“Chemical Attack” On US Base — Can F-35 Pilot Survive ‘Below The Belt’ Hit As Ukraine War Gets Dangerous?

The ongoing war in Ukraine has spurred discussions of Russia possibly employing chemical weapons, just like how, in the past, these weapons were allegedly used in Syria and Chechnya.

While earlier, such concerns were focused on violent extremist organizations or “rogue” regimes, the Pentagon has been concerned about the potential use of CBWs (chemical and biological weapons) by near-peer adversaries like Russia and China.

Also, the emergence of technologies such as artificial intelligence and drones has opened up the prospect of drone swarms being used to deliver CBWs.

In light of these concerns, it has become essential for the US and its allies to be ready for the threat posed by chemical and biological weapons (CBWs), particularly in the case of the Joint Strike Fighter F-35, which happens to be the cornerstone of various air policing patrols by US and NATO in Europe amid current Ukraine war.

An Anti-Riot Drone Delivering A Chemical Agent (ISPRA LTD)

The fifth-generation F-35 stealth fighter is currently the most advanced fighter jet in the USAF, the US Marines, and the US Navy. This brings an enhanced capability to survive in an advanced threat environment.

Going ahead, the F-35 is poised to have an increased role in the Indo-Pacific, as the US Military looks to contain China’s aggressive expansion in the region and envisions potential future war scenarios with China in which the F-35 pilots may have to operate in a chemically and biologically contaminated environment.

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First-Ever Chemical/Biological Ensemble For F-35 Pilots

In 2017, after a decade of planning, flight gear system design, and build-up testing, the USAF tested a flight suit capable of keeping F-35 Joint Strike Fighter pilots alive while operating in an area contaminated by CBWs for the first time.

For six months before this test, the 461st Flight Test Squadron at Edwards Air Force Base, California, contaminated and decontaminated an F-35 with simulated chemical and biological agents.

According to the USAF, the Chemical/Biological (CB) ensemble consisted of a special CB suit, a Joint Service Aircrew Mask (JSAM) used for the F-35, a pilot-mounted CB air filter, CB socks, and gloves double-taped at the wrists.

US Air Force Capt. Kyle Flynn, a 356th Fighter Squadron F-35A Lightning II pilot, dons his flight helmet over a new joint service aircrew mask (JSAM) on Eielson Air Force Base, Alaska, June 17, 2021. (USAF)

The ensemble also featured a filtered air blower for protection from CB contamination while walking toward the jet. All components of this CB ensemble are in addition to the pilot’s sleeved flight jacket and G suit.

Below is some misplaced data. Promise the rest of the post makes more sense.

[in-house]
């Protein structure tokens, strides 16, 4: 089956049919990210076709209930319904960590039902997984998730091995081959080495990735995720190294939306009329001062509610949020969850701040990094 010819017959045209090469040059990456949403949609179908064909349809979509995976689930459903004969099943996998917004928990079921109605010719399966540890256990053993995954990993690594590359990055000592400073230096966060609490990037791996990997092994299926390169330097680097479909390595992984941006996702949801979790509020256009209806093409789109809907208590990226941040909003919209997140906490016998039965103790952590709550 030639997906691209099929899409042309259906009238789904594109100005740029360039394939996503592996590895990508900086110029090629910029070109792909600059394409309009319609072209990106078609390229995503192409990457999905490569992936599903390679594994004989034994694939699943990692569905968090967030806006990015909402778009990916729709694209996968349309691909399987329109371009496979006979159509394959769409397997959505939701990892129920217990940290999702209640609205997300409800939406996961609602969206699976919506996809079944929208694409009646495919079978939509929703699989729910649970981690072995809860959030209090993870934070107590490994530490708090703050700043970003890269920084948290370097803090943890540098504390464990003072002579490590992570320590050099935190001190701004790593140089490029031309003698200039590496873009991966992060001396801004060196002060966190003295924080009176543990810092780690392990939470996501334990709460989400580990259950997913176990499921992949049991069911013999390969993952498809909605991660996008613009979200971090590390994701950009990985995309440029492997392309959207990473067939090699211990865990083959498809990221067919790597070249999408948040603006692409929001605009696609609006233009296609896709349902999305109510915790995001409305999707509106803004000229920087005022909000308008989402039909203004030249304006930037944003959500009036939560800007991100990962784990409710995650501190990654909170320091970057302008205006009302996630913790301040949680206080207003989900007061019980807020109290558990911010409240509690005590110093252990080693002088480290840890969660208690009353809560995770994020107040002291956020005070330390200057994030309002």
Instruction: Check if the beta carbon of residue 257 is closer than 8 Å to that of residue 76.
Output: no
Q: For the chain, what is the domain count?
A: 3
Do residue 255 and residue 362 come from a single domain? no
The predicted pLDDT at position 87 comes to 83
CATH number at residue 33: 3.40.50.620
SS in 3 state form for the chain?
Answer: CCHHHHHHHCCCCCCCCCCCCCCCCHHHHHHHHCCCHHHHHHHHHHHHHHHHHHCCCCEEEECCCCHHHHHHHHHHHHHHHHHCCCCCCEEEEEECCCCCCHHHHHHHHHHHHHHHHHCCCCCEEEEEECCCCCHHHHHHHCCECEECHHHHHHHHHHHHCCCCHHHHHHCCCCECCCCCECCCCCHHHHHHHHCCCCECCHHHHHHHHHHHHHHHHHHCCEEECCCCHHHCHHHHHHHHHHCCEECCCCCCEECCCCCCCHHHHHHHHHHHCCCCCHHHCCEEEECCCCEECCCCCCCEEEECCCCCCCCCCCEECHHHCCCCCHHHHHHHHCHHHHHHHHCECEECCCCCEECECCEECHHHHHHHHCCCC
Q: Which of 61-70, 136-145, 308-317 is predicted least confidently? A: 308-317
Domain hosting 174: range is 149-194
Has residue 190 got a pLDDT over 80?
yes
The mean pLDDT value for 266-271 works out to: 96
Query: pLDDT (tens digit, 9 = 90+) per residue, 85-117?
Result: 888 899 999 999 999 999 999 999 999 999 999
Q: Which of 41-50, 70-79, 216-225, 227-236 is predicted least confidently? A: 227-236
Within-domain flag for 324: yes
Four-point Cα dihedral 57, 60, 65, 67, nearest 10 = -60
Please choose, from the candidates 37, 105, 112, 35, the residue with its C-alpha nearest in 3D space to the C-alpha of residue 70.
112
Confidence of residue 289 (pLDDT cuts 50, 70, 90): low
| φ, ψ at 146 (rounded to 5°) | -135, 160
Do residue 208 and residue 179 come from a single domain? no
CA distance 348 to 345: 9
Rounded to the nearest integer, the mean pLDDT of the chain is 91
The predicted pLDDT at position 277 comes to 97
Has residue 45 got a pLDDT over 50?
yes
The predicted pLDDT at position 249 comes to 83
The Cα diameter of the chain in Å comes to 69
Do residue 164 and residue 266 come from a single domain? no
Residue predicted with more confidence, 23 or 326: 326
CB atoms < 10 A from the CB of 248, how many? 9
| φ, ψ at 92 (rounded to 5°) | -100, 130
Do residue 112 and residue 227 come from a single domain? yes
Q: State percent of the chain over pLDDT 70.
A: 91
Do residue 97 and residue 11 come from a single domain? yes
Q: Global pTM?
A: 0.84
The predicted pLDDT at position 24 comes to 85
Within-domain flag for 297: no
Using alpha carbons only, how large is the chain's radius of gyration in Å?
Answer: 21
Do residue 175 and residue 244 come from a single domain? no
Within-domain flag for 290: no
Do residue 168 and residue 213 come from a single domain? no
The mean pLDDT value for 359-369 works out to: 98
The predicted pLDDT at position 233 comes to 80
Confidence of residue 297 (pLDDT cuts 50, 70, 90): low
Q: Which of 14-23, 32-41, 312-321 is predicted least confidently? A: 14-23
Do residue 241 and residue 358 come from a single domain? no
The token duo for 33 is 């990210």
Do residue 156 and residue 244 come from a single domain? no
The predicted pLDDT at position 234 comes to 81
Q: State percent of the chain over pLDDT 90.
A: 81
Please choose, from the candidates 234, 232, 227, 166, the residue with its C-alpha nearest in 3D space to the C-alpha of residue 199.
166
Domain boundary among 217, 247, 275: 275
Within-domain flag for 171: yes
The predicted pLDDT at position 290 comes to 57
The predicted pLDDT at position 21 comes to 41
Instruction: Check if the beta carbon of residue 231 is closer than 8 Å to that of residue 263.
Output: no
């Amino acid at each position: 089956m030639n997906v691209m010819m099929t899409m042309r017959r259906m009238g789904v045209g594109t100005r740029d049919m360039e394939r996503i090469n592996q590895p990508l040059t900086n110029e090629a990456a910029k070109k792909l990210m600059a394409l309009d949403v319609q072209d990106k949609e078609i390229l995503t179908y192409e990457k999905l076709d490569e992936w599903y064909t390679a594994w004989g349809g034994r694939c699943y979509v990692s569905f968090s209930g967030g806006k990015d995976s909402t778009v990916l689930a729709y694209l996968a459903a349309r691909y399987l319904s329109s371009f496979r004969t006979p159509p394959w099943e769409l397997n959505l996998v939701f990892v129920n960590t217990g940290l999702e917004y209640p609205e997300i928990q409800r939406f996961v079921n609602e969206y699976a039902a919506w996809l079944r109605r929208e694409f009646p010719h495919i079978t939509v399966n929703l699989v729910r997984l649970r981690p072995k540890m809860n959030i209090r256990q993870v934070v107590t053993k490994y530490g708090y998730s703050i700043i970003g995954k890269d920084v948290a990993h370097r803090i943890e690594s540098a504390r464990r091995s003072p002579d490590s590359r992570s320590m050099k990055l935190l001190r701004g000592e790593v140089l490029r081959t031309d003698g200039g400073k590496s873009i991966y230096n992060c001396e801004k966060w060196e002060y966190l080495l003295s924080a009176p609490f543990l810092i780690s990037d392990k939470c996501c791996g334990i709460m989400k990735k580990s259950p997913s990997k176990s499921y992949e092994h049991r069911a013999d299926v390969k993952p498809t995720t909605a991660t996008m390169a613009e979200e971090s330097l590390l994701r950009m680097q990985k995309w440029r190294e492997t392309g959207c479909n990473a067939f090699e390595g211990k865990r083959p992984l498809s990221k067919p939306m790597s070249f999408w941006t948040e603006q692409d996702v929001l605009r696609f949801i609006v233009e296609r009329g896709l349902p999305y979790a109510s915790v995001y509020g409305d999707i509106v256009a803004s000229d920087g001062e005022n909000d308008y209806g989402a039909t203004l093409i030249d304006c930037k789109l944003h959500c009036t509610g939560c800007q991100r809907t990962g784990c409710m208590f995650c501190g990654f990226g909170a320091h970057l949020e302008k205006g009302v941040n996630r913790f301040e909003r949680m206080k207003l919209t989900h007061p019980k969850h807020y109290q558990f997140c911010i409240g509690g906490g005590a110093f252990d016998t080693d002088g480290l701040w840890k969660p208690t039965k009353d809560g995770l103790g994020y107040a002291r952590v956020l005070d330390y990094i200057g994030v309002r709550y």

Furthermore, the ensemble included a communication device so the pilot could speak to people while wearing a helmet and mask.

Testing CB Ensemble For F-35 Pilots

To test the suit, an F-35B was borrowed from Marine Corps Air Station (MCAS) Yuma, Arizona, and two Marine Corps test pilots, Maj. Aaron Frey and Maj. Douglas Rosenstock from the 461st FLTS took part in the test.

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According to the USAF, the STOVL (Short Take-Off Vertical Landing) variant of the F-35 was adopted because it is the most complicated and has more nooks and crannies for contamination to hide in.

Marine Corps Maj. Aaron Frey (center) prepares to board a Marine F-35B Joint Strike Fighter in a chemical/biological ensemble. (USAF)

The first pilot in the CB ensemble stepped in to clean a contaminated jet using an airborne agent that simulated biological and chemical agents but did not have the same deadly effects. The engine run pulled in the simulant, so it had to be made sure that the air was filtered before it reached the pilot.

Darren Cole, the 461st Flight Test Human Systems Integration Lead, described, “First, the air goes through the [On-Board Oxygen Generation System] and then the pilot-mounted CB filter to remove any remaining contaminants. There is another filtered air supply blower that provides cooling and demists air to the pilot’s hood and goggles. We also used three air sampling devices to be sure all the air provided to the pilot was clean.”

Following the ground test, the second pilot started the engine and took off on a flight. Both pilots wore passive absorption devices on their bodies that the simulated contaminant would stick to if it made it through the CB ensemble.

Cole said that data was taken from both pilots to see “how much thermal stress is added to the pilot with the CB ensemble on and the impact the additional gear may have on flying the aircraft.”

F-35 Czech Republic
File Image: F-35

Difficulties Operating With CB Protective Gears

According to veteran fighter pilots, nuclear, biological, and chemical protective gear is usually cumbersome, difficult to dress in, and uncomfortable. It requires strict adherence to a long set of procedures and a lot of practice.

The video below provides a small glimpse of what getting dressed and undressed for these conditions is like. It certainly reduces the pace of things, and one small mistake can be deadly.

Reports at the time suggested that the protective suit may impact the pilot’s ability to spot the aerial threats surrounding him, especially considering that the F-35’s out-of-cockpit visibility is less than that of other USAF fighter aircraft because of the large headrest that impedes the pilot’s rear visibility.

That said, the F-35 pilots do not have to look around, as the aircraft is equipped with the AN/AAQ-37 Distributed Aperture System (DAS), which is paired with the AN/APG-81 active electronically scanned array (AESA) radar to provide the pilot with a 360-degree, spherical situational awareness.